The price of WTI futures for January crude fell by $2.31 (3.03%) to $73.97 per barrel in electronic trading on the New York Mercantile Exchange (NYMEX). By closing of previous trades, the cost of these contracts decreased by $1.66 (2.1%) to $76.28 per barrel. Brent and WTI gained 4.6% and 4.8%, respectively, last week.

According to Bloomberg, protests were held in cities across the country, including the capital Beijing, as well as Shanghai, Xinjiang, and Wuhan, which was originally the epicenter of the COVID-19 spread.

That contributes to a stronger U.S. dollar, which reduces the attractiveness of investments in crude, and also raises the possibility of even more significant tightening of restrictions by Chinese authorities, the agency said.

“The outlook for the oil market remains unfavorable and the events of this weekend in China do not add to the positive,” notes Warren Patterson, who is in charge of commodities strategy at ING Groep NV in Singapore.

According to the forecast of analytical company Kpler, oil demand in China in the fourth quarter will decrease to 15.11 million barrels per day (bpd) compared to 15.82 million bpd a year earlier.

Earlier we reported that Russia will ban the sale of its oil to countries that have imposed a price ceiling.

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Economy

Oil Russia ban news: Russia will ban the sale of its oil to countries that have imposed a price ceiling

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oil Russia ban

Will Russia sell oil to Europe? The administration of President Vladimir Putin is preparing an order prohibiting Russian companies and any trader from buying Russian oil to sell raw materials to countries and companies that have imposed a price ceiling on Moscow. Bloomberg news agency wrote this, citing a report from sources.

“The Kremlin is preparing a presidential decree banning Russian companies and any traders buying national oil from selling it to anyone who participates in the price ceiling,” the publication wrote.

According to the newspaper’s interlocutors, this would prohibit any mention of the price ceiling in contracts for Russian crude, as well as transferring it to countries that have joined the price ceiling for the natural resource.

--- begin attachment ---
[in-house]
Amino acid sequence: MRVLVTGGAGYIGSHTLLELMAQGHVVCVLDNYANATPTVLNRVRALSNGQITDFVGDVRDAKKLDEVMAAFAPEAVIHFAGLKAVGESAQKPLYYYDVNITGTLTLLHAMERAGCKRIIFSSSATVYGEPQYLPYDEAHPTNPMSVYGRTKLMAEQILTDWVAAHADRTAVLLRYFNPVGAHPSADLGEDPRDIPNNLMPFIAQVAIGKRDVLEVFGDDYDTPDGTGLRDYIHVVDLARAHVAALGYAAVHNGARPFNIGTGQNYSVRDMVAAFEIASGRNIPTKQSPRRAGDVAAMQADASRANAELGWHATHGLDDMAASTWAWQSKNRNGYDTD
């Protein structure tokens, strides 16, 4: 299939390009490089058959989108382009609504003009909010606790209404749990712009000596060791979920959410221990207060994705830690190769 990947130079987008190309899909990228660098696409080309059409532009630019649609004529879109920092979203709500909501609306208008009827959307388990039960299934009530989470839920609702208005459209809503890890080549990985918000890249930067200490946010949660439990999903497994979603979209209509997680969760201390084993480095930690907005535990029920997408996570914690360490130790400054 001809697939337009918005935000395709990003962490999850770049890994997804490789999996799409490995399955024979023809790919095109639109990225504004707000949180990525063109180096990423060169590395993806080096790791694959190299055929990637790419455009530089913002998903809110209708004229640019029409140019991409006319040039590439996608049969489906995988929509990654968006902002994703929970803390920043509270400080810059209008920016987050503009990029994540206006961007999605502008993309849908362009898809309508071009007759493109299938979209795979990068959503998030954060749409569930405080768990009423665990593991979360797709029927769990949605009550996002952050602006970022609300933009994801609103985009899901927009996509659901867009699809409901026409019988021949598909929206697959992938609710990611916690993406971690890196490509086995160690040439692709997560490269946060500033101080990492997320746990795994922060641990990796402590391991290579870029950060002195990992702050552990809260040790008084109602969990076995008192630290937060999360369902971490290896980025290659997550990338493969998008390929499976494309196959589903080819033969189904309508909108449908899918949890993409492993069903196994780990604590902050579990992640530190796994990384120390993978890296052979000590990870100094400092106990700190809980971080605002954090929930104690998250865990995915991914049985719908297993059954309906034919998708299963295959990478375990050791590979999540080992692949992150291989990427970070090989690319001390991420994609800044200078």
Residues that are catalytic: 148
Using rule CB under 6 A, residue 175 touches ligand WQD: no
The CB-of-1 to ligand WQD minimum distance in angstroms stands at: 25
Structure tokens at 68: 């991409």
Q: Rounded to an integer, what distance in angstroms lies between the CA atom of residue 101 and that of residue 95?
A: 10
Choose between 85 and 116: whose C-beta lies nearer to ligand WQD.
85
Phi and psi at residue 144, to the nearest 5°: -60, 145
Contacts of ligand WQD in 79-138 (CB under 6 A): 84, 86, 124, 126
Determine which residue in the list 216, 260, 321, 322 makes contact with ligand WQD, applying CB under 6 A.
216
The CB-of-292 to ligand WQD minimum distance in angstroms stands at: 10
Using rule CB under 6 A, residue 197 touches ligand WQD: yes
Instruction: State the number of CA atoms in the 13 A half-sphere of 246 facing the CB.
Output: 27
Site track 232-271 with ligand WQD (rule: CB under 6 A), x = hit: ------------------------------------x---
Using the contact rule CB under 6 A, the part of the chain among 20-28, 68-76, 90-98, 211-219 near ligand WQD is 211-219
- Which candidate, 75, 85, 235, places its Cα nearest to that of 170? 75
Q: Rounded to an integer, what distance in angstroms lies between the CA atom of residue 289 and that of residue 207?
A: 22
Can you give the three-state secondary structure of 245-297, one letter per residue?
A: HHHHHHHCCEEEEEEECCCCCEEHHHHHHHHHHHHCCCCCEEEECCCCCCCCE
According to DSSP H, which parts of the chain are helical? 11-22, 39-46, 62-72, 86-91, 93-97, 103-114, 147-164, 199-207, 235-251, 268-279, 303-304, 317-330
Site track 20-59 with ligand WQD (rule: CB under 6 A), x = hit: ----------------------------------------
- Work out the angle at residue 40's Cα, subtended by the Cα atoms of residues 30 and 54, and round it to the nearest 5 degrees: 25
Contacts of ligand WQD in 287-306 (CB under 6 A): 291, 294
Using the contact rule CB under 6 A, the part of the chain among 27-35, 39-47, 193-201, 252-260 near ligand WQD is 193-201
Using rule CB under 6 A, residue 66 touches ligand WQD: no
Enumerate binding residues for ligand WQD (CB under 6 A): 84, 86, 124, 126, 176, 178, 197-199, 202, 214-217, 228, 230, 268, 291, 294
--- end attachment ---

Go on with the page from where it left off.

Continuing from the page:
In the first half of September, the press service of the US Treasury Department said that the USA, together with its allies from G7 (Great Britain, Germany, Italy, Canada, France and Japan) and the European Union (EU) would impose a ban on marine transportation of Russian oil on December 5 and oil products – on February 5.

Earlier we reported that EU negotiations on limiting the prices of Russian oil reached a deadlock today.

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Economy

EU talks on restrictions on Russian crude oil prices today stalled

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russian crude oil price today

Negotiations between the European Union countries about the “ceiling” of Russian crude oil prices today reached an impasse; Bloomberg reported, according to its sources.

Representatives of the bloc cannot reach an agreement on the ceiling price of Russian oil. According to the agency, the proposed European Commission limit of $65-70 per barrel, Poland and the Baltic countries believe “too generous,” while Greece and Malta, which is actively engaged in transporting fuel, do not want the limit to fall below $ 70. Recall that the Russian response to the oil price cap was negative. The Russian government has officially said that it will only sell oil at market prices.

“We are looking for ways to make this solution work and we are trying to find a common ground to implement it in a perfectly pragmatic and efficient way, while avoiding that it may cause excessive inconvenience to the European Union,” said German Chancellor Olaf Scholz.

Earlier, we reported that the SEC fined Goldman Sachs $4 million for non-compliance with ESG fund principles.